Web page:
Aloy and Russell [31] present prediction results running InterPreTS on domain-domain interaction families that can be grouped into three broad categories: Signaling, Cytokines-Receptors and Peptidases-Inhibitors families. We compared side by side the results of InterPreTS with the predictions that our method makes on the same dataset. The comparisons are summarized in Table 2. InterPreTS aligns the two query sequences to the closest homologues of known structure, and for each alignment it produces a Z-score based on how the empirical potentials of the alignment compare with the potentials from a background of 1, 000 random sequences. Since the homologues of known structure can be many, InterPreTS calculates Z-scores for each one of them and shows them in descending order (highest Z-score at the top). The InterPreTS column in Table 2 shows the averaged best Z-score over a family, that is, for each predicted complex structure, we only use the best score reported by InterPreTS. The table also shows the number of complexes found in each domain-domain family. According to [31], a Z-score ≥ 2.30 indicates a significance of the prediction of 99%, Z-score ≥ 1.30 indicates a significance of 90% and when Z-score <1.30 the two proteins are predicted not to interact in the same way as the known complex structure.

Table 2. Comparison between predictions made by InterPreTS and Fisher+SVD+SVM

On the other hand, when the Fisher+SVD+SVM approach is used to predict the interaction of a pair of query sequences, all the complex structures homologous to the sequences are used to build the model, and one single prediction is produced. The results shown in Table 2 for Fisher+SVD+SVM correspond to the unconstrained formula derived with respect to non-interacting match states, as this is the type of vector that consistently performs best. As before, a LOO strategy is followed for training and testing each family. For fairness, in these families we are also using, as InterPreTS, 1, 000 random sequences in testing.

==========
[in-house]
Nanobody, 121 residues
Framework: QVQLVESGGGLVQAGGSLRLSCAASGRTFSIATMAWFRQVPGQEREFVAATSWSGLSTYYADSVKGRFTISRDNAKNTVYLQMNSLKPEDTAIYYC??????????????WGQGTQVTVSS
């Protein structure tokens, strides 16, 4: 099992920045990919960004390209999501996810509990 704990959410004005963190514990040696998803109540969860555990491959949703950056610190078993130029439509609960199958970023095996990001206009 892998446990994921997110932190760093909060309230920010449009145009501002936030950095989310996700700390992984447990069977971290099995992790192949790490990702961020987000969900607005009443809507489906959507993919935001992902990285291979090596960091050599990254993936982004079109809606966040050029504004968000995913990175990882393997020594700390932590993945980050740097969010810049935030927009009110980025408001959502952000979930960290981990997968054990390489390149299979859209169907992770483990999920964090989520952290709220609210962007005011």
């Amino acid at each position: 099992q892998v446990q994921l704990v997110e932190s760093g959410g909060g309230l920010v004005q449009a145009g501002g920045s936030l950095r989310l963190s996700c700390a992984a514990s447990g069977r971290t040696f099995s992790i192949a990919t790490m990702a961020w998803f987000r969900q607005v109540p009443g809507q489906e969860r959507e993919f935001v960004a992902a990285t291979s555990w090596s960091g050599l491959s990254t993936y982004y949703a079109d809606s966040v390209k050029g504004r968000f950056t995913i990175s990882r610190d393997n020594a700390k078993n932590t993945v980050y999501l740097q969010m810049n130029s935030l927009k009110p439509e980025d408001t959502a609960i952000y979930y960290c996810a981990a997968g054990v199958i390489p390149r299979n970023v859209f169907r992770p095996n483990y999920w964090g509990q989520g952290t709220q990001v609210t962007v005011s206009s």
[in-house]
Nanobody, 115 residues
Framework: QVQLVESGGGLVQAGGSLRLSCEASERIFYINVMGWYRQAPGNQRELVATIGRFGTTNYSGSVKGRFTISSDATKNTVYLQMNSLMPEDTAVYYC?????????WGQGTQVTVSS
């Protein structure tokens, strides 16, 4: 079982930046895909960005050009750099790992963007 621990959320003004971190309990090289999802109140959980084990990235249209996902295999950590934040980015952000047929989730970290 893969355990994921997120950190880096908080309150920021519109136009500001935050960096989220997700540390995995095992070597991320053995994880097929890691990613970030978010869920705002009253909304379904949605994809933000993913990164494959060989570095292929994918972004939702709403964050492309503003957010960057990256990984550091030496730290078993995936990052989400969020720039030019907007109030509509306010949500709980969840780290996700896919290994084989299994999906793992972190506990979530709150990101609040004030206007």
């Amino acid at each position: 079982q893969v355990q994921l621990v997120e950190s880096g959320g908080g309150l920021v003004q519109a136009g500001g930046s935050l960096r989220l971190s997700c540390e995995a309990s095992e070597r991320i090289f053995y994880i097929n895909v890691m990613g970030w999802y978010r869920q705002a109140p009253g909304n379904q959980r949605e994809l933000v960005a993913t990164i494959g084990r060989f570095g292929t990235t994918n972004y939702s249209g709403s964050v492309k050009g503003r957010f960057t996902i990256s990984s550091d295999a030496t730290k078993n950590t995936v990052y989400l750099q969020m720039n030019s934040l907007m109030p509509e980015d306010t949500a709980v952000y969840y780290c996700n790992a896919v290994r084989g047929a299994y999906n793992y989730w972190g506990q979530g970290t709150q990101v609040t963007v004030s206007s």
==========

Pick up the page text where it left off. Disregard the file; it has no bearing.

Table 2 shows the outstanding performance of the Fisher+SVD+SVM method over InterPreTS, even for the Peptidases-Inhibitors families, in which InterPreTS performs poorly. Aloy and Russell [31] argue that this is because in these families the interactions occur via many main-chain to main-chain contacts (as opposed to main-chain to side-chain), and this negatively affects the usefulness of the empirical potentials. It seems that Fisher+SVD+SVM is able to circumvent this phenomenon and ultimately produce better predictions. One reason for this better performance of our method is, Fisher+SVD+SVM is able to produce one single, robust statistical model for the entire family of known 3D structures, whereas InterPreTS creates a different model for each complex. Another reason is, the SVM, being a binary classifier, reduces the variance of the test set by clustering together all the negative (random) examples on one side of the hyperplane, and pulling apart the positive example to the other side. A reduced variance would produce an increased Z-score, and that is exactly what we are observing.

Case study of real negative examples